At the 76th General Assembly in New York, President Biden urged global cooperation to tackle the pandemic and climate change. He pledged to double US climate finance for developing countries by 2024, while China says it will stop financing coal plants abroad. But are these gestures, or real steps towards climate change? We ask Michael McFaul, professor of political science at Stanford University. There's been widespread fallout across Europe from rapidly rising energy prices. The BBC's Ed Butler considers the consequences for business and the food industry, and examines Russia's role in the whole affair. The US sports betting company DraftKings has made an offer reportedly worth $20 billion for the UK-based betting group Entain. We examine the significance of the offer with Alice Hancock, leisure industries reporter with the Financial Times. Jamie Robertson is joined throughout the programme by Jyoti Malhotra, senior consulting editor at The Print website in Delhi, and by Sarah Birke, the Economist’s bureau chief for Mexico, Central America and the Caribbean, who's in Mexico City. (Picture: Joe Biden addresses the UN. Credit: Getty)
  • US lifts Covid travel ban for vaccinated passengers from the UK and EU
    Travellers will be admitted into the US from November, subject to testing and contact tracing. The announcement comes after a year of tough restrictions. We speak to Todd Knoop, professor of business and economics at Cornell College in Iowa, about the significance of the change. The Dow Jones index fell 1.7% on Monday over fears that the Chinese property developer Evergrande is struggling to repay its debts, which could impact big banks. Our correspondent Michelle Fleury explains the story. More and more countries are abolishing the death penalty. In the US, President Biden has promised to pass legislation at a federal level to eliminate it. Those campaigning for its abolition have found an ally in the business community. We speak to Celia Ouellette, CEO of the Responsible Business Initiative for Justice, and Jason Flom, CEO of Lava Records, who has long campaigned for the wrongfully convicted. Jamie Robertson is joined throughout the programme by Michelle Jamrisko, senior Asia economy reporter at Bloomberg in Singapore, and by Peter Morici, economist at the University of Maryland, who's in Washington DC. (Picture: Passengers walk past a picture of Mickey Mouse. Credit: Getty Images)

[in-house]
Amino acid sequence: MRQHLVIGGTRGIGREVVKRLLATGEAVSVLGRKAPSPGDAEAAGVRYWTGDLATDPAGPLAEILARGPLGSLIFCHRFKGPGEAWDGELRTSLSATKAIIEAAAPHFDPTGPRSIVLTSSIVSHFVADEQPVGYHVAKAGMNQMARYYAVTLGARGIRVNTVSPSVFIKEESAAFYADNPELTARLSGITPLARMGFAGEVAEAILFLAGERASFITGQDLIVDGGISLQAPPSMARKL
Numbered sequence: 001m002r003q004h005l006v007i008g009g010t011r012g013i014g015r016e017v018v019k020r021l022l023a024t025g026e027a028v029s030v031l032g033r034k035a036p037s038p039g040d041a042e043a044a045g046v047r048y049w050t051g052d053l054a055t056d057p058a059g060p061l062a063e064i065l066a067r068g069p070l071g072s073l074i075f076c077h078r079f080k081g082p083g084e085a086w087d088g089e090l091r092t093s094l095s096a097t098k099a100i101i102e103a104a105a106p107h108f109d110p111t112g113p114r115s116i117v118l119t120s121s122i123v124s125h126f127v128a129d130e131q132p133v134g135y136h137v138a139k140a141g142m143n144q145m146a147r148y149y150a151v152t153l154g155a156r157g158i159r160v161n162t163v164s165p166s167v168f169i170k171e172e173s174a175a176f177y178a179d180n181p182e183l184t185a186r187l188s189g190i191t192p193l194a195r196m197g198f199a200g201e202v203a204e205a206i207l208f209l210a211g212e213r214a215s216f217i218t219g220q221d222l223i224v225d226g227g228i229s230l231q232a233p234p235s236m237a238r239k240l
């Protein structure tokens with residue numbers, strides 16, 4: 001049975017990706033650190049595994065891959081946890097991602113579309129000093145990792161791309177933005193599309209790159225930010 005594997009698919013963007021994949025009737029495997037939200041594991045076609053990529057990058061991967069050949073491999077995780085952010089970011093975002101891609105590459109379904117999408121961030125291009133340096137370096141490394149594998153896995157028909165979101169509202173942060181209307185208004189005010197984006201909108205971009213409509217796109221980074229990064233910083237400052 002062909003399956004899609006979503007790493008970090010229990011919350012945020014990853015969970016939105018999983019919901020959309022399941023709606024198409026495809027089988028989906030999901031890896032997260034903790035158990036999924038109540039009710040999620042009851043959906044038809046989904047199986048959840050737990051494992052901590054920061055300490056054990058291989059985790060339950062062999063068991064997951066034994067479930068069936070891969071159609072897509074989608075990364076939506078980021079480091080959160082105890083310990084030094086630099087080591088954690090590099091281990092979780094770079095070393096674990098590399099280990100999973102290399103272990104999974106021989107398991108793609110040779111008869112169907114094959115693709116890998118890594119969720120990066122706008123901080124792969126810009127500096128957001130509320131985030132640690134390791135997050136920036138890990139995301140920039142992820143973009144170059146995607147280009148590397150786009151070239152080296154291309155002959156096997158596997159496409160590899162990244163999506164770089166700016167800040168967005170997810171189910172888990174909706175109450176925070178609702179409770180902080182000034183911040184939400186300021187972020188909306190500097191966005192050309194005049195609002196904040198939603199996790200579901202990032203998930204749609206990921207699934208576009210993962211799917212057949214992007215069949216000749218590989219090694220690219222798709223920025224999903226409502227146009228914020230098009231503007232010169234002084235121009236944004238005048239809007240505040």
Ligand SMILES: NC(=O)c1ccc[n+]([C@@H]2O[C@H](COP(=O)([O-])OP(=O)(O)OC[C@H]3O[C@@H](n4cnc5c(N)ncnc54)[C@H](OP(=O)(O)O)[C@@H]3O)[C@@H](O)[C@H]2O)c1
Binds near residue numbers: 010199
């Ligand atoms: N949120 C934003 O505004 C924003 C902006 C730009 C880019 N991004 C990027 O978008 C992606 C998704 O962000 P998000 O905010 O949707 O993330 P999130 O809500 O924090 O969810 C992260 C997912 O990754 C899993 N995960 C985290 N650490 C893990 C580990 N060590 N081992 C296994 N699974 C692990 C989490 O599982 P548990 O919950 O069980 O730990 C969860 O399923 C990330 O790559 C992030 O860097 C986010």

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Nachrichten aus der internationalen Geschäftswelt, mit Livegästen und Specials über Asien und die USA.